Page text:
On June 21, 2013, two Iberian lynx cubs born at the Silves reproduction centre in southern Portugal were released in the Guarrizas valley (Spain) after being taught to hunt and survive in the wilderness. To date, 19 cubs (11 from Silves) have been reintroduced to their natural habitat.
The Iberian lynx (Lynx pardinus), also called the Pardel lynx and Spanish lynx, is a small wild cat, and listed as Critically Endangered on the IUCN Red List of Threatened Species. According to the IUCN, several years ago there were less than 150 adult Iberian lynx in existence, spread between two breeding populations in southwestern Spain. Today, there is currently a population of approximately 300 Iberian lynx living in the wild. There are also reports of a small population of cats in Portugal.
Factors contributing to the Iberian lynx decline include the loss of prey (rabbits) due to disease and over-hunting, habitat destruction, poaching, poisoning, feral dogs and getting hit by vehicles.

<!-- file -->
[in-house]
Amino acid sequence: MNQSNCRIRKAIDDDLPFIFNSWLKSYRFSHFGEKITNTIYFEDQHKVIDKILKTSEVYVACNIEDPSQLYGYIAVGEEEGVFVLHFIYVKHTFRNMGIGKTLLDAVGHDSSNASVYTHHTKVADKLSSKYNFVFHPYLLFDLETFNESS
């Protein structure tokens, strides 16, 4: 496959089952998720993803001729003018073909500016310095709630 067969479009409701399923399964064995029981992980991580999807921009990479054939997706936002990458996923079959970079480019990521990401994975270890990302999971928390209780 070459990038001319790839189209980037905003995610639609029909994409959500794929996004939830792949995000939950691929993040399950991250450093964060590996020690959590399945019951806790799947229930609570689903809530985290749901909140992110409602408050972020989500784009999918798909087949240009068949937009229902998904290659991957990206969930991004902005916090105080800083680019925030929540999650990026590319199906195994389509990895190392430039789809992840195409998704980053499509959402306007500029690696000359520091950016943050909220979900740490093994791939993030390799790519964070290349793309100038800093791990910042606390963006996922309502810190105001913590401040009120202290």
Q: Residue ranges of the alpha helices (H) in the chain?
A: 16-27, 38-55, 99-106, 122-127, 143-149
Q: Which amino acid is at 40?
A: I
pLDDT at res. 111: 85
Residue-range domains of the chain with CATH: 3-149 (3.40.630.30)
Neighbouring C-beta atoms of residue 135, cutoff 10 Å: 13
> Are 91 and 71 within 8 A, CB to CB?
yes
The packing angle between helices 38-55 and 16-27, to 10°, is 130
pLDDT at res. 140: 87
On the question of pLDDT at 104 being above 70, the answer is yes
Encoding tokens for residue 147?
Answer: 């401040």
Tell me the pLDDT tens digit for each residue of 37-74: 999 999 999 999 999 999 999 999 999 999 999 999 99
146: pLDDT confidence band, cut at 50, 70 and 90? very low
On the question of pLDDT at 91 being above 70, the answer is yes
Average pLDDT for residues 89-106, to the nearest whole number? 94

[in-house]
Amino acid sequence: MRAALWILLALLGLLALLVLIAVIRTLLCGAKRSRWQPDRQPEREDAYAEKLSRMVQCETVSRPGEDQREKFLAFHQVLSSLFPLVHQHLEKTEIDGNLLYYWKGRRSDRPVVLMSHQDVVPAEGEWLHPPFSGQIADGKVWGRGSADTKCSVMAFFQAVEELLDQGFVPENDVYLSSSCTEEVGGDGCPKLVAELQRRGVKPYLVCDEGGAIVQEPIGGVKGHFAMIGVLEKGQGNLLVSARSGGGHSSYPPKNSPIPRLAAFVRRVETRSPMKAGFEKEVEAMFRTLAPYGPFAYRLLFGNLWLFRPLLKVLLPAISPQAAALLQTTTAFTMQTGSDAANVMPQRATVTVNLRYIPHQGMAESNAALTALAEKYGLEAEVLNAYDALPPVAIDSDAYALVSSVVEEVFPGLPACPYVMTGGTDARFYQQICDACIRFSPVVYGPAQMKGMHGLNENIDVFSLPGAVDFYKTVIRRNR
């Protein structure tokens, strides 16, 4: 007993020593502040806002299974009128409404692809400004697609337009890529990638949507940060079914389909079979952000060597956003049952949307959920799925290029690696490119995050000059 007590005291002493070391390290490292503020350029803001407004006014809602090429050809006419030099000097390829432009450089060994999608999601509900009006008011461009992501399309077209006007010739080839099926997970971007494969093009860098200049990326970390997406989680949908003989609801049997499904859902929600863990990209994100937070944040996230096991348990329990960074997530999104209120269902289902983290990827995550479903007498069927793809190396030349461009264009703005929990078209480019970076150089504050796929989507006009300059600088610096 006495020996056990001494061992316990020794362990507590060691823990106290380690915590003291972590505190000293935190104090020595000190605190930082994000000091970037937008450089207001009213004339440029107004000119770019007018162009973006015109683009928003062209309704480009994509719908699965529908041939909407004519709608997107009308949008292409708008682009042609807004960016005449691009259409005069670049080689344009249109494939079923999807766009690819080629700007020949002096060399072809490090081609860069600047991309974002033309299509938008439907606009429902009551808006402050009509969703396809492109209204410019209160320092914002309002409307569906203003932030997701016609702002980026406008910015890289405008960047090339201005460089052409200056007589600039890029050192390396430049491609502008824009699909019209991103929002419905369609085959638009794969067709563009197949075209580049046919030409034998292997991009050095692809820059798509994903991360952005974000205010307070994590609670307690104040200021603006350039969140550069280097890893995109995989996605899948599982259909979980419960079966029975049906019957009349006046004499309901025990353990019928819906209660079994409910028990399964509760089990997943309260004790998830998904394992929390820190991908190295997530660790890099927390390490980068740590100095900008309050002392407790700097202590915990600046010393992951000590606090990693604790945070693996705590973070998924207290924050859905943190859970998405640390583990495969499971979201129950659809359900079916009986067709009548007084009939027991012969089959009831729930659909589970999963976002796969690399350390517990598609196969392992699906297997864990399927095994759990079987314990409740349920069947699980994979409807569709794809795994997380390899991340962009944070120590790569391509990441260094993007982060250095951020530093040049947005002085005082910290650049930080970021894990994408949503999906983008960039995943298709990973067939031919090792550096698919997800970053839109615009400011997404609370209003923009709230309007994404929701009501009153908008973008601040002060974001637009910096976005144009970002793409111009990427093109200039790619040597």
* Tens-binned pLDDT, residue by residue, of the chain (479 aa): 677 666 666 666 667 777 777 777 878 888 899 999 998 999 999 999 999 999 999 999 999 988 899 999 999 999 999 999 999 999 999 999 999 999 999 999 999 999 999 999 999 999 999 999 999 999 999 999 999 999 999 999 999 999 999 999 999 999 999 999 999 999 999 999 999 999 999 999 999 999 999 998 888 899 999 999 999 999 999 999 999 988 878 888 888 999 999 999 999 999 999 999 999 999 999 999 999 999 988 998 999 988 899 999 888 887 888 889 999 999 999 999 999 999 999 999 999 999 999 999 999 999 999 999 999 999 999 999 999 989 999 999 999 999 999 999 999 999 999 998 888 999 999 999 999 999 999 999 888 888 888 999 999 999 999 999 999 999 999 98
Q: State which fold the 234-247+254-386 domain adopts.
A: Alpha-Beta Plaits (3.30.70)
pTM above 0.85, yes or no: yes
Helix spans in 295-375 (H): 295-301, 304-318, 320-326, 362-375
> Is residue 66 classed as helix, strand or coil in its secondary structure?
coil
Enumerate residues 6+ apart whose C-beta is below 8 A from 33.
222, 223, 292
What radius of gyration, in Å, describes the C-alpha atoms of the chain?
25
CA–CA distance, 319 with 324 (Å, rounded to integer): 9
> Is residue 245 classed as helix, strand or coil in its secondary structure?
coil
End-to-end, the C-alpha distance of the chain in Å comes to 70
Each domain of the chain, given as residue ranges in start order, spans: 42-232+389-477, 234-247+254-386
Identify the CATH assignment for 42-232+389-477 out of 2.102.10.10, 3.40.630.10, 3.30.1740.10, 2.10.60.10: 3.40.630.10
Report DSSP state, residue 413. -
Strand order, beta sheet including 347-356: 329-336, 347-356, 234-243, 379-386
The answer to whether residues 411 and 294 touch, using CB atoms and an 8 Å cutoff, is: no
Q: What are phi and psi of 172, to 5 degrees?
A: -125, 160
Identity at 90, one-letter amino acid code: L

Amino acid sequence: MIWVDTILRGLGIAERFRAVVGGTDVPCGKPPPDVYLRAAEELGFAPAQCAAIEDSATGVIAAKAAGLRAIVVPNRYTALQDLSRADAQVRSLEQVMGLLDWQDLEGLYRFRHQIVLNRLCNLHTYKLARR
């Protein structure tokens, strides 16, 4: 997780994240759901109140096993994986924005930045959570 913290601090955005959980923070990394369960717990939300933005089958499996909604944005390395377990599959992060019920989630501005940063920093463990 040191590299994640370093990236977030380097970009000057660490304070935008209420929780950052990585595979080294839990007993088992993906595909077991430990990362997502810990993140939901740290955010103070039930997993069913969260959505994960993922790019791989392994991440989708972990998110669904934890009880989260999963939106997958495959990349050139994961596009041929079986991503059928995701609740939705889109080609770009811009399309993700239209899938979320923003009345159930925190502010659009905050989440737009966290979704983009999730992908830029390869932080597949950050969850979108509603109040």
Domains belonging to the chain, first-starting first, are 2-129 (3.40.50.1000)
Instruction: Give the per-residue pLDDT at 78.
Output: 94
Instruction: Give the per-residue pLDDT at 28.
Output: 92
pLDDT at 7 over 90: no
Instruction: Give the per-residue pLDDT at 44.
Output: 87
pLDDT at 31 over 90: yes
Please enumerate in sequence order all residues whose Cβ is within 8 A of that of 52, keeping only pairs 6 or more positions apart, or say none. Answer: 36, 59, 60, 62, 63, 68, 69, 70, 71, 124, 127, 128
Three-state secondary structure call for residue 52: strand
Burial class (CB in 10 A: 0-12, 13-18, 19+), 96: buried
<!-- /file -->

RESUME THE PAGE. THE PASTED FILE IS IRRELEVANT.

A national action plan for the conservation of the Iberian lynx was created in 2007 with several goals, including preserving habitat for both the lynx and its prey, reducing non-natural reasons for mortality, creating a captive breeding center and raising awareness about the cat’s conservation status. Various organizations are now working to prevent the cat’s extinction.
Like other species of lynx, the Iberian lynx has a short tail, fur under the chin and strands of hair on the ears. It is smaller than its lynx relatives, and has a more noticeable, darker looking coat with spots. At one point in time, the Iberian lynx roamed throughout the entire Iberian Peninsula, an area of land that currently includes parts of France, Spain, Portugal, Andorra and Gibraltar. Although rabbits are the cats main prey, the Iberian lynx will has also been known to hunt ducks, deer, rodents, reptiles and amphibians.
You can read the entire article about the cubs here.